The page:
Flames engulfed some cars. Mangled steel, concrete and rebar jutted from the murky water. At least 50 vehicles carrying dozens of rush-hour commuters were plunged 60 feet into the swiftly flowing river.
“It was almost like a Hollywood movie set,” remembered Chief Clack, now the newly appointed chief of the Baltimore City Fire Department who began his position in April and was sworn in at City Hall May 14.
“It was the most incredible thing I’d ever seen in my career,” he said. “There were tremendous opportunities for people to get hurt trying to help others.”
As the unified incident commander overseeing rescue operations, Chief Clack was in charge of making sure hundreds of agencies worked together.
By paying attention to safety and maintaining a steady hand in his management of the disaster, Chief Clack won a lot of credit for preventing a dire situation from getting worse. Thirteen people died and about 100 were wounded in the collapse – far fewer than had been initially expected.
With Baltimore’s fire department still reeling from last year’s death of a cadet in a training exercise and other incidents concerning safety, many are looking to the new chief to demonstrate the same confident leadership he showed in Minneapolis.
In an interview with The Catholic Review, Chief Clack said he knows what the expectations are. He pledged to make safety his number one priority and promised to find ways to increase diversity in the department and to address other concerns.
A convert to the Catholic faith and a permanent deacon ordained for the Diocese of St. Cloud, Minn., the 47-year-old chief believes his faith will help him meet his new challenges in Baltimore.
Journey of faith
Although born in the far reaches of northwestern Minnesota, Chief Clack spent his childhood and teen years in California where his family relocated soon after his birth.
His father operated a 160-acre plum farm near Fresno and sold heavy construction equipment. His mother had been a basketball player on an all-women’s team modeled on the Harlem Globetrotters. She toured Minnesota in the 1940s playing professional men’s teams.
Sitting in his modest office in the unassuming mezzanine of the Baltimore City Fire Department headquarters near City Hall, Chief Clack credited his parents for quite suddenly laying the groundwork for his faith development when he was 12.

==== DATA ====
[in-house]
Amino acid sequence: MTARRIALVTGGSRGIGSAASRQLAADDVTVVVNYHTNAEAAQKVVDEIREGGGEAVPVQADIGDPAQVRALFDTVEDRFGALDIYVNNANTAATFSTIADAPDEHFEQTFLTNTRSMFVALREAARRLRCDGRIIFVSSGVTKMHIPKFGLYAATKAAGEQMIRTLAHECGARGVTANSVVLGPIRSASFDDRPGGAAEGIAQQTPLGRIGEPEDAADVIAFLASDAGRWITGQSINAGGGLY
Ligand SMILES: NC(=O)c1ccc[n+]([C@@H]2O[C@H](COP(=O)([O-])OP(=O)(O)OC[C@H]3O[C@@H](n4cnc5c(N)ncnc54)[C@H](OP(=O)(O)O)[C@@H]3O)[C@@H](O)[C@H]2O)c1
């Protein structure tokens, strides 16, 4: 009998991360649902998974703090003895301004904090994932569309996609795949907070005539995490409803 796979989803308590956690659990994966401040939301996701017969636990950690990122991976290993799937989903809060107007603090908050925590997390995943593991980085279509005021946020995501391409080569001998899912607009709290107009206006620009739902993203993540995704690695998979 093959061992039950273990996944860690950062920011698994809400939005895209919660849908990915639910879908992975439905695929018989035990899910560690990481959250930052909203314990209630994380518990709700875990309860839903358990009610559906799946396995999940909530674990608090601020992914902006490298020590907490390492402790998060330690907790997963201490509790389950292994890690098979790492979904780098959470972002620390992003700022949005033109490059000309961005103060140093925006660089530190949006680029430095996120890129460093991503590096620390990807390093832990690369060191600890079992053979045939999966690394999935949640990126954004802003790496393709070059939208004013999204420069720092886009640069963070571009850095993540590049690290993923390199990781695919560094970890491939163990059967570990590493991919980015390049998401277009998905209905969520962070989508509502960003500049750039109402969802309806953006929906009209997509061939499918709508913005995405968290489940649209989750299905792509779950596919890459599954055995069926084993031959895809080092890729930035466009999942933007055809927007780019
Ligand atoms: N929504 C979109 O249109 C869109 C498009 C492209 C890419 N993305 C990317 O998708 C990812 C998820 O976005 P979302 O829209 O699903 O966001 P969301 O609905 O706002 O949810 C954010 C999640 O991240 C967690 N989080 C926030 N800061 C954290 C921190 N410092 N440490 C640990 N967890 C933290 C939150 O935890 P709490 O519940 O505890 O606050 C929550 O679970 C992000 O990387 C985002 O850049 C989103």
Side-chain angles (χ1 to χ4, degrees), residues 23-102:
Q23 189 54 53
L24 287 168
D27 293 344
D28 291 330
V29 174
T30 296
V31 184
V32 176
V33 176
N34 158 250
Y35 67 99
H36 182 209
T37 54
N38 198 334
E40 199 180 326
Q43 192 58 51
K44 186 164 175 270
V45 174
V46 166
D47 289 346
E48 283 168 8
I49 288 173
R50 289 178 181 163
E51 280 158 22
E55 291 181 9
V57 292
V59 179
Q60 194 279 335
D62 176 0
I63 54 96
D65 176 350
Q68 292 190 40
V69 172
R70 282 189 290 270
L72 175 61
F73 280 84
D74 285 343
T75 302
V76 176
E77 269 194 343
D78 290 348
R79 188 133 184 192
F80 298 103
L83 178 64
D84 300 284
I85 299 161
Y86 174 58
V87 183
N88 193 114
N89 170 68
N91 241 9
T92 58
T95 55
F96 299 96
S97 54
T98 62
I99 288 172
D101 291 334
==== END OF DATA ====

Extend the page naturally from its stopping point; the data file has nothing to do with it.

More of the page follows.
It happened one day at the kitchen table, where he and his four younger siblings were eating fried chicken and, as usual, he said, “raising hell.”
His fallen-away Lutheran mother turned to his agnostic father and announced that it was time to “get these kids into church,” Chief Clack recalled.
Since his father had grown up in Utah, he knew Mormons had strong youth programs. So, after some lessons in the faith from Mormon missionaries, the Clack children and their mother were baptized into the Church of Jesus Christ of Latter-day Saints.
With the genes of a basketball player firmly imbedded in his 6-foot-6-inch frame, Chief Clack went on to play basketball for the University of Minnesota, Crookston, an NCAA Division II institution. It was there that he started attending Mass with his Catholic roommate rather than drive 100 miles to the nearest Mormon temple.
The future fire chief said he fell in love with the Catholic Church, attracted by the richness of the liturgy and the solid structure of the church. There was a sense of authenticity he longed for, he said.
After completing Rite of Christian Initiation of Adults and joining the Catholic Church while still in college, Chief Clack married Rose Marie, his Catholic sweetheart, in 1981. He slowly became more active in his parish, lectoring and serving as an extraordinary minister of Holy Communion. Chief Clack went through several years of diaconal formation before his 2004 ordination.
In his 22 years in the Minneapolis Fire Department, Chief Clack often depended on his Catholic faith to get him through stresses on the job. He has delivered babies and held the hands of dying people.
“It’s really a grace to be allowed to be at those things,” said Chief Clack. “You see the whole scope of life from beginning to end and everything in between.”
Read the full story here
December 14, 2010 12:16
By George Matysek